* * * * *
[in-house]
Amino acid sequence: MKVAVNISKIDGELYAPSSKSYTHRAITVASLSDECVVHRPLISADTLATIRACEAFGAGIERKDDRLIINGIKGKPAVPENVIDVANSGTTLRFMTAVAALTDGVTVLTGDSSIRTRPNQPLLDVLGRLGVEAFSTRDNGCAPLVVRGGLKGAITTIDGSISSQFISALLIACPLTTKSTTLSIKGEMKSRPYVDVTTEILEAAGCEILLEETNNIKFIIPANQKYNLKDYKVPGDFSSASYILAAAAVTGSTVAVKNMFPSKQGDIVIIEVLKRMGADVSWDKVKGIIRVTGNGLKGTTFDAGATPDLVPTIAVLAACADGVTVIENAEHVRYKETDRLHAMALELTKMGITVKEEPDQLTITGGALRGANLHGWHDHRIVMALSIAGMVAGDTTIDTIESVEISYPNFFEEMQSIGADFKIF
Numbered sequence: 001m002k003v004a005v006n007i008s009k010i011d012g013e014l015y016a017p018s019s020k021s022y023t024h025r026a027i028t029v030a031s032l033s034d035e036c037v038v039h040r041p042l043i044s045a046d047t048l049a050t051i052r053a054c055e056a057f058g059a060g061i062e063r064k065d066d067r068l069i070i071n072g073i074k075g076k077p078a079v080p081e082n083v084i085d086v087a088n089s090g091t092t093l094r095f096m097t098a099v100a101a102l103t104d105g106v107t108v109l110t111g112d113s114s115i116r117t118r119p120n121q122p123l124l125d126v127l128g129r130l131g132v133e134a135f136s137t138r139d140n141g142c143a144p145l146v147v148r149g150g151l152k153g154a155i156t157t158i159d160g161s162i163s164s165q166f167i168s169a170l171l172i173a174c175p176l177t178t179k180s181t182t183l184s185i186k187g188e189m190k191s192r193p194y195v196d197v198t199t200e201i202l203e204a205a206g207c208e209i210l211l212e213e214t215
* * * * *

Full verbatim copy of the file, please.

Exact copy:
[in-house]
Amino acid sequence: MKVAVNISKIDGELYAPSSKSYTHRAITVASLSDECVVHRPLISADTLATIRACEAFGAGIERKDDRLIINGIKGKPAVPENVIDVANSGTTLRFMTAVAALTDGVTVLTGDSSIRTRPNQPLLDVLGRLGVEAFSTRDNGCAPLVVRGGLKGAITTIDGSISSQFISALLIACPLTTKSTTLSIKGEMKSRPYVDVTTEILEAAGCEILLEETNNIKFIIPANQKYNLKDYKVPGDFSSASYILAAAAVTGSTVAVKNMFPSKQGDIVIIEVLKRMGADVSWDKVKGIIRVTGNGLKGTTFDAGATPDLVPTIAVLAACADGVTVIENAEHVRYKETDRLHAMALELTKMGITVKEEPDQLTITGGALRGANLHGWHDHRIVMALSIAGMVAGDTTIDTIESVEISYPNFFEEMQSIGADFKIF
Numbered sequence: 001m002k003v004a005v006n007i008s009k010i011d012g013e014l015y016a017p018s019s020k021s022y023t024h025r026a027i028t029v030a031s032l033s034d035e036c037v038v039h040r041p042l043i044s045a046d047t048l049a050t051i052r053a054c055e056a057f058g059a060g061i062e063r064k065d066d067r068l069i070i071n072g073i074k075g076k077p078a079v080p081e082n083v084i085d086v087a088n089s090g091t092t093l094r095f096m097t098a099v100a101a102l103t104d105g106v107t108v109l110t111g112d113s114s115i116r117t118r119p120n121q122p123l124l125d126v127l128g129r130l131g132v133e134a135f136s137t138r139d140n141g142c143a144p145l146v147v148r149g150g151l152k153g154a155i156t157t158i159d160g161s162i163s164s165q166f167i168s169a170l171l172i173a174c175p176l177t178t179k180s181t182t183l184s185i186k187g188e189m190k191s192r193p194y195v196d197v198t199t200e201i202l203e204a205a206g207c208e209i210l211l212e213e214t215